Bucks in unenviable position
It's official. Despite the Bucks 92-86 win over the Toronto Raptors Monday night, playoff hopes were dashed after the Philadelphia 76ers blew out the New Jersey Nets.
That means another off-season where the Bucks will hope to strike it rich in the draft lottery, but more likely will draft somewhere in the teens. What does that mean for the 2012-2013 season? More of the same. They will probably look to add a big-bodied banger who can play some defense, but he won't be a true impact player, and he certainly won't be enough to put the Bucks over the top and into the playoffs with hope of a first round series win.
General Manager John Hammond has been in office since 2008, and has done a nice job digging out of the financial mess created by former General Manager Larry Harris. Unfortunately, injuries, several coaching changes, and inconsistency in the draft have not allowed the franchise to step beyond the first round of the playoffs since 2000. In fact, the team has only made the playoffs four times since the 2000-2001 season. You'd think their level of mediocrity would lead to positive draft results. Think again.
Since 2000, you could argue that Bucks second round picks Michael Redd, Dan Gadzuric, Ersan Ilyasova, Ramon Sessions, Luc Mbah a Moute, and Jon Leuer have made a more significant contribution on the floor than lottery picks Marcus Haislip, TJ Ford, Andrew Bogut, Yi Jianlian, Joe Alexander and Brandon Jennings. Out of the entire group I listed, only Redd has ever been an all-star with the Bucks.
The Oklahoma City Thunder are a great example of how the draft can help shape the nucleus of a team. Kevin Durant (selected #2 in 2007), Russell Westbrook (selected #4 overall in 2008), Serge Ibaka (selected #24 in 2008) and James Harden (selected #3 in 2009) have all met pre-draft expectations. Throw in a couple key role players such as Kendrick Perkins and Thabo Sefalosha, and you have one of the best teams in the league with a payroll that is about $3.5 million less than the Bucks.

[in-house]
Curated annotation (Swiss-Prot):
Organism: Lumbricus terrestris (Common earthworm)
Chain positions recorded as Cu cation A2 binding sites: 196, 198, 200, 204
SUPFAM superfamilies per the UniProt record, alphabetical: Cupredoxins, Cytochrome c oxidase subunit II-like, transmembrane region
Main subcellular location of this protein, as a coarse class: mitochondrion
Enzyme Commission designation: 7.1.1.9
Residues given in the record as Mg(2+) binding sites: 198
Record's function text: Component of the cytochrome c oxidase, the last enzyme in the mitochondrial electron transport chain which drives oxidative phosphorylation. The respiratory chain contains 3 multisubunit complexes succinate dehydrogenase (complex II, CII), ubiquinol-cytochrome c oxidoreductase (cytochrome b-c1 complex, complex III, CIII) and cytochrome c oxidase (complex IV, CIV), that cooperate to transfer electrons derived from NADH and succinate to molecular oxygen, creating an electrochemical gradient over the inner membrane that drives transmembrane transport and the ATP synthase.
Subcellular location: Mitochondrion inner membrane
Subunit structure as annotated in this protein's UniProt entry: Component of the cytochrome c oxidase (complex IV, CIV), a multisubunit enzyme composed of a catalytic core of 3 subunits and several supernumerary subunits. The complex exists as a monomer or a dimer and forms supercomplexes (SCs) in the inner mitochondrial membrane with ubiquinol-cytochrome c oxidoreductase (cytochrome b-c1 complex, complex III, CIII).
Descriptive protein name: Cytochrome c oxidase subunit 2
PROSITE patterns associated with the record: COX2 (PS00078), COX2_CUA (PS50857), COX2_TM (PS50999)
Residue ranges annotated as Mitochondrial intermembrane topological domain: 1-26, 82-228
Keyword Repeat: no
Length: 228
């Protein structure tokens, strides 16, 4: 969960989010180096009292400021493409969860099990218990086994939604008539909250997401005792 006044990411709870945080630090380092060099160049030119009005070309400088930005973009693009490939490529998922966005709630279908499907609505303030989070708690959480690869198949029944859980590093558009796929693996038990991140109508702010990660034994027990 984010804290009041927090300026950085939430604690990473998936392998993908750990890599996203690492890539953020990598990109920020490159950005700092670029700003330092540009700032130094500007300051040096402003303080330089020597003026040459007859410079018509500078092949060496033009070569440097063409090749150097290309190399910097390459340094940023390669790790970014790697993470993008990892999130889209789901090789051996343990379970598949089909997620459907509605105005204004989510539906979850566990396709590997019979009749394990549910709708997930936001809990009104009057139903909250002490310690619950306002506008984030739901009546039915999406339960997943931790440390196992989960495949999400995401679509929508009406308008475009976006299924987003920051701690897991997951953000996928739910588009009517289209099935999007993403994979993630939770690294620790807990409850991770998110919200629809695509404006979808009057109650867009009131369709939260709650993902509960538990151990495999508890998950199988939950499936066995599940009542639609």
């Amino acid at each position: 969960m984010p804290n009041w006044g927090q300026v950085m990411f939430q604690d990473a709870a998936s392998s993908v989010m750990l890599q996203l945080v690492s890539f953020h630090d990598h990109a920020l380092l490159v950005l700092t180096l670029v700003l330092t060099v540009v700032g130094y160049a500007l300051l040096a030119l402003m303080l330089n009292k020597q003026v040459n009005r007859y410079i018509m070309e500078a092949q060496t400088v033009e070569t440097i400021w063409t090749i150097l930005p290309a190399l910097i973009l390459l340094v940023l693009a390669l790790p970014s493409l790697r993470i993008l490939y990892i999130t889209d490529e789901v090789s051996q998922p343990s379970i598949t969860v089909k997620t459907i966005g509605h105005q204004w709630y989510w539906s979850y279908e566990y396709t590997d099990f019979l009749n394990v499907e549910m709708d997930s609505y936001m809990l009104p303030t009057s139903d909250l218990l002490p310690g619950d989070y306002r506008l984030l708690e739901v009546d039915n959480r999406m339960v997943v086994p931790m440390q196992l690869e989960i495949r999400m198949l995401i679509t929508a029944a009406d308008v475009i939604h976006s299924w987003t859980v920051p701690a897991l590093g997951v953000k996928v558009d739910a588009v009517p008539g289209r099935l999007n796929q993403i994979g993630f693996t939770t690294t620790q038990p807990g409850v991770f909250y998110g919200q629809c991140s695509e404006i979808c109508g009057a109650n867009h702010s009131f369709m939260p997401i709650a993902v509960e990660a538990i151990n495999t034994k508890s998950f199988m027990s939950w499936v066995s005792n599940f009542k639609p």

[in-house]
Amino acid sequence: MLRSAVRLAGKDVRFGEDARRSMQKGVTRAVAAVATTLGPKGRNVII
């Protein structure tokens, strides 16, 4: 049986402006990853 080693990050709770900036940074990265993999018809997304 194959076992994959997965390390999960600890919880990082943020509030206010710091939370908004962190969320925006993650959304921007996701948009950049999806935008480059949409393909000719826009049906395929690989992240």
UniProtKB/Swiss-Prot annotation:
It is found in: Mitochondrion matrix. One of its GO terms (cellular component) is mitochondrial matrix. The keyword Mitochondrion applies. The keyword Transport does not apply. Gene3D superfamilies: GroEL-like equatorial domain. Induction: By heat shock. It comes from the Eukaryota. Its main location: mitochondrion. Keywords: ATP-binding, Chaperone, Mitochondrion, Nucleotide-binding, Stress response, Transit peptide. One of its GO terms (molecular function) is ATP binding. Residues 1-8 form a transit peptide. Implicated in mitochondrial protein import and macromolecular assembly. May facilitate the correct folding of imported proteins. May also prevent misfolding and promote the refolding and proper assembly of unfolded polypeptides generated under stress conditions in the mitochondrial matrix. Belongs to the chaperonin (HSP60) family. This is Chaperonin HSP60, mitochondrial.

I'm not saying the Bucks would be better off tanking the next three seasons in order to draft in the top five - there's no guarantee that would work - but I am saying that hovering around the eight seed and struggling to have a .500 record year after year is a terrible situation for any franchise to be in.
Hammond and Head Coach Scott Skiles are under contract through the 2012-2013 season, but there is no guarantee either will be back for next season. Hammond is considered a candidate to takeover as the GM in Portland, and Skiles path as the Bucks head coach has found a dead end. A look back on his previous stints in Phoenix and Chicago suggest his best work in Milwaukee is in the rear view mirror. Year number two in a given city has proven to be Skiles' best in regards to playoff seeding.
It's possible Skiles could be given the benefit of the doubt given a shortened season, injuries, a dramatic change in style-of-play after the trade deadline, and a lack of practice time, but it's hard to imagine the Bucks being much more than a .500 team in the near future.
There are other issues plaguing the franchise, such as an outdated arena, ho-hum television contract and stale ownership, but there isn't much that can be done about those issues. The Bradley Center appears here to stay for another decade, the market is what it is, and Senator Kohl - as much as he'd like to sell the team he's losing money over - won't sell to an investment group if there is risk of the franchise leaving Milwaukee.
All told, the Bucks are in an unenviable position and need a stroke of good fortune to break out of it.